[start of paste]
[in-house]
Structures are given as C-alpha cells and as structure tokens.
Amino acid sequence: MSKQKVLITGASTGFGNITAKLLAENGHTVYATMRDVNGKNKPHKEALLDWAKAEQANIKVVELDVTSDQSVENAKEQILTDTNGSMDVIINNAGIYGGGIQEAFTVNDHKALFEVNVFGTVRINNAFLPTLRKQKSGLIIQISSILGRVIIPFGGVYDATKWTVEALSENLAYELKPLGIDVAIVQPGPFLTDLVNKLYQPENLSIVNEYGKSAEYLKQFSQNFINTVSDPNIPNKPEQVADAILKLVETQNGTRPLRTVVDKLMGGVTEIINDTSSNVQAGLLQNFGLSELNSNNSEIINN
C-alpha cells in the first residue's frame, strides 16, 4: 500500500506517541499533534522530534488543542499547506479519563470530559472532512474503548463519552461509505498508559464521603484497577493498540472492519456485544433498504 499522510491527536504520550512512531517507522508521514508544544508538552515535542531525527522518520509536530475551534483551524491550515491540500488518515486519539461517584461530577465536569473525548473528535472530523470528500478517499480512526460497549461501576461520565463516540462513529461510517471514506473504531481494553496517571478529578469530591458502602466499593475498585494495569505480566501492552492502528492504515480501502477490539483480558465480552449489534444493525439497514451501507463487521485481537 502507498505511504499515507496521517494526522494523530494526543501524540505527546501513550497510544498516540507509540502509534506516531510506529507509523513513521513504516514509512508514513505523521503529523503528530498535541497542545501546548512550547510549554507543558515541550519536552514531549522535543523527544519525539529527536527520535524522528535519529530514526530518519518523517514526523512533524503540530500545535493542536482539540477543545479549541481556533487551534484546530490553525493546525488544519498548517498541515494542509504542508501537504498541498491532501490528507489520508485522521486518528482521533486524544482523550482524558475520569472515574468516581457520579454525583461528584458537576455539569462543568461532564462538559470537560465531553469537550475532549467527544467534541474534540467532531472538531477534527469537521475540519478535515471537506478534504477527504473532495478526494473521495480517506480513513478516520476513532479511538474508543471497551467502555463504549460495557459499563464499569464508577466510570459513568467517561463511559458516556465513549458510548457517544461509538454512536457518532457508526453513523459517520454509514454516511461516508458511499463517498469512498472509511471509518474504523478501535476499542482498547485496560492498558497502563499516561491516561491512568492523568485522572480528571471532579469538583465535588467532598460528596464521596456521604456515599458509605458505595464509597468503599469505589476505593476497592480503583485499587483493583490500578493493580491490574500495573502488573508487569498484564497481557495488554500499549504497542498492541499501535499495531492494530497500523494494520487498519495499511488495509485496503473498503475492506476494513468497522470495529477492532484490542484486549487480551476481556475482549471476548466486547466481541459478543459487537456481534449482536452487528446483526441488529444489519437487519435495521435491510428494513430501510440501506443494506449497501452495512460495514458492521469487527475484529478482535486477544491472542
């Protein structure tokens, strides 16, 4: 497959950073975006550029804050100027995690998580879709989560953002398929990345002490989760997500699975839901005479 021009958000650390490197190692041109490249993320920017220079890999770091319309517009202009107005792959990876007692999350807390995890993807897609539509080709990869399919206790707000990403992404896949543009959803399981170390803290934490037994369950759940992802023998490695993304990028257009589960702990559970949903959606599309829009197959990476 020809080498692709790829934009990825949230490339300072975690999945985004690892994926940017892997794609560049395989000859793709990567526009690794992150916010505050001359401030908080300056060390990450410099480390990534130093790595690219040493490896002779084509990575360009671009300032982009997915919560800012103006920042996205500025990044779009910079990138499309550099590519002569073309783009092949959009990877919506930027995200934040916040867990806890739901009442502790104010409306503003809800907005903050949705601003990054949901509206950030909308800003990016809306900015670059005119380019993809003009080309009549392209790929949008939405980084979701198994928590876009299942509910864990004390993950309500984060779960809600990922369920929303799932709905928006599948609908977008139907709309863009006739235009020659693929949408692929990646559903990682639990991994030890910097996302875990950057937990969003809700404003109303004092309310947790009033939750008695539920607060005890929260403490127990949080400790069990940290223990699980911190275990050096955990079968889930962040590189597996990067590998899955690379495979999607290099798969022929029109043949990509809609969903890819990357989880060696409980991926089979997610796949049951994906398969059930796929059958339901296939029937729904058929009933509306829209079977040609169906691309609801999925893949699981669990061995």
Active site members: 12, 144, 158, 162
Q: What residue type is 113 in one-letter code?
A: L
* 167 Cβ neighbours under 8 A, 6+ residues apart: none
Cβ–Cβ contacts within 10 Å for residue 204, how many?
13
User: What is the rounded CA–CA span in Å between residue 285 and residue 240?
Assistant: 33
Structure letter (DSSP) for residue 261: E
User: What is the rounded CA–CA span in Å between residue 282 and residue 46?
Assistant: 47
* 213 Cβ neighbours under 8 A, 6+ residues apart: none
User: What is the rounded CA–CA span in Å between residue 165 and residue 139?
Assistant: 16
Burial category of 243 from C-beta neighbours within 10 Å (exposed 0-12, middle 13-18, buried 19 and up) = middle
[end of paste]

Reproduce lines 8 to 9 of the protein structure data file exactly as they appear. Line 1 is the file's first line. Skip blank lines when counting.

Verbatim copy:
A: L
* 167 Cβ neighbours under 8 A, 6+ residues apart: none